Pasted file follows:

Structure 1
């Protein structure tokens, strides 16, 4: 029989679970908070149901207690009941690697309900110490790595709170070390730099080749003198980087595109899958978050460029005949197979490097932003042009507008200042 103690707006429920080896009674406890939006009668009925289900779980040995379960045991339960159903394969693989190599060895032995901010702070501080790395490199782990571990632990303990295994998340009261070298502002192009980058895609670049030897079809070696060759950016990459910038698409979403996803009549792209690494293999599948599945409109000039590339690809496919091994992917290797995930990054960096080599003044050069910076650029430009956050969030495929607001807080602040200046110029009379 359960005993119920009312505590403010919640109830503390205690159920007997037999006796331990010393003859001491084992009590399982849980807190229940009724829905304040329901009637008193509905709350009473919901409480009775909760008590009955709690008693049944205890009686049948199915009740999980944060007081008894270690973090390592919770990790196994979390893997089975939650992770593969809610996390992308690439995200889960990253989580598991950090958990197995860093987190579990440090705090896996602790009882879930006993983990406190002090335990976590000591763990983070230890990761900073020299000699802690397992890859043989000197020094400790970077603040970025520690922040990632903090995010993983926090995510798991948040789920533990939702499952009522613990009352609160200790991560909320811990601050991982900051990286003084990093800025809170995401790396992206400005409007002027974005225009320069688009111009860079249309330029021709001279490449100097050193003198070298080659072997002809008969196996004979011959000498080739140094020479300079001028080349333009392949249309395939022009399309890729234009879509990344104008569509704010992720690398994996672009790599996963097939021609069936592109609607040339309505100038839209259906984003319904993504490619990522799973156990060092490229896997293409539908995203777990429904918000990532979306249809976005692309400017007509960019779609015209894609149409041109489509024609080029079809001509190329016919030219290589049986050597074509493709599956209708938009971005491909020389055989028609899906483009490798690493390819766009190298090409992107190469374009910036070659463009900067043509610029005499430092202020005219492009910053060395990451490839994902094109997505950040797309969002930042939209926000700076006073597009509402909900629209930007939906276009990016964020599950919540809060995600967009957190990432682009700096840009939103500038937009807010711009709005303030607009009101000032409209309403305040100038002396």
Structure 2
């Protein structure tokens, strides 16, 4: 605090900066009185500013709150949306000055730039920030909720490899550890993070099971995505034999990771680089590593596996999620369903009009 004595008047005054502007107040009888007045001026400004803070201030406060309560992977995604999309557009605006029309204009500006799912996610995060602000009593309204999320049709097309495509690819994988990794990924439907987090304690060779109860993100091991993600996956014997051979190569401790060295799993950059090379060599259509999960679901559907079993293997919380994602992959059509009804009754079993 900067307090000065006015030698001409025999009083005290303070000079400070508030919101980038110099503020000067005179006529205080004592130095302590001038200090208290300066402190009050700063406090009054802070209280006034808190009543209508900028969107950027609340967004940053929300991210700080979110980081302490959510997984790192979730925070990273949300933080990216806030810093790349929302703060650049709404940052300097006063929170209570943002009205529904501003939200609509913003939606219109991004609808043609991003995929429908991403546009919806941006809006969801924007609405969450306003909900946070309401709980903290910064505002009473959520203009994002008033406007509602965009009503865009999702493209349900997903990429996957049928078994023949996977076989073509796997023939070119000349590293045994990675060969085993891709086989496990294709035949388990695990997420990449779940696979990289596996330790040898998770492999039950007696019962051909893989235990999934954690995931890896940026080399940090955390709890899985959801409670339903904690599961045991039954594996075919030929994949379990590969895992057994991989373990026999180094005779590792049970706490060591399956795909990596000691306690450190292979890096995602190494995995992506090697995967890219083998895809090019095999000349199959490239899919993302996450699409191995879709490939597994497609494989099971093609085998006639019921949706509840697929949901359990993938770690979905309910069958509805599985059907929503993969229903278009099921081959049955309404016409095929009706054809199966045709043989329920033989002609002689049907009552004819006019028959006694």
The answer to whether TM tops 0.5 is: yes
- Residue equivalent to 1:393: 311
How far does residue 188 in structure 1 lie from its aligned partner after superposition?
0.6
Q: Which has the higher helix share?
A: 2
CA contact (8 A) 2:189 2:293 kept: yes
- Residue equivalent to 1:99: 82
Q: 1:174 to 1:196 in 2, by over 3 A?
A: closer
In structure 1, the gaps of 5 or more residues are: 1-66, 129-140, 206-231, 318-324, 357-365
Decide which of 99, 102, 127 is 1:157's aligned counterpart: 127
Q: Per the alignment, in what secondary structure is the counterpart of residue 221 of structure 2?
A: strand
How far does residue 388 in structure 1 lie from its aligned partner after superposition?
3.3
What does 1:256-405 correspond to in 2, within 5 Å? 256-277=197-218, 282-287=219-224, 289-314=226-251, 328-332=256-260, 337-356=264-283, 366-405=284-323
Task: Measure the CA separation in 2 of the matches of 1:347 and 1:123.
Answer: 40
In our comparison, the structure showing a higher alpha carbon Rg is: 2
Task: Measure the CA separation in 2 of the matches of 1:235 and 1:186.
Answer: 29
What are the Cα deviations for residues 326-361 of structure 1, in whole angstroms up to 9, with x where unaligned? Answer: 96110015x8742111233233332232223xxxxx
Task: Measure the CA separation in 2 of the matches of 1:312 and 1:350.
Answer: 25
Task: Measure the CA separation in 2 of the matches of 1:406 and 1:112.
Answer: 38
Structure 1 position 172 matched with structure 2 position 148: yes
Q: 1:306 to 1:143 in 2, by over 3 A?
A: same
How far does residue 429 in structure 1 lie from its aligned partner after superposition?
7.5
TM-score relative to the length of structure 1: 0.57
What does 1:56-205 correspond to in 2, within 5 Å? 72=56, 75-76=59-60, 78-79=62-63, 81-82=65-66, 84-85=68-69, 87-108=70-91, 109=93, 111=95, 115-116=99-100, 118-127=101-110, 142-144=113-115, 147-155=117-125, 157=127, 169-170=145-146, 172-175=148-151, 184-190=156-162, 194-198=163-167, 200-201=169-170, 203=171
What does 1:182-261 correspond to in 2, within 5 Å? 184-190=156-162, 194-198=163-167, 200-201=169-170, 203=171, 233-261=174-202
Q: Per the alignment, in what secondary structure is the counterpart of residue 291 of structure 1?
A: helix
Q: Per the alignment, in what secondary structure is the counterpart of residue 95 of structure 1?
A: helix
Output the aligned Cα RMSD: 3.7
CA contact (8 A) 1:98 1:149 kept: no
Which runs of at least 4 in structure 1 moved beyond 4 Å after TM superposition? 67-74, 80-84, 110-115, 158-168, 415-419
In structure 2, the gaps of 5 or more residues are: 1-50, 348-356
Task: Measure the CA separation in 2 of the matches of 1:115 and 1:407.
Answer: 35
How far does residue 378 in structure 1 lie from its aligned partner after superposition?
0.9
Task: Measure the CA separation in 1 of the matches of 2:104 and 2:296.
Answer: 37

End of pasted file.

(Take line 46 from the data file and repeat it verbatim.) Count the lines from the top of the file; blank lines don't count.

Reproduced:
Which runs of at least 4 in structure 1 moved beyond 4 Å after TM superposition? 67-74, 80-84, 110-115, 158-168, 415-419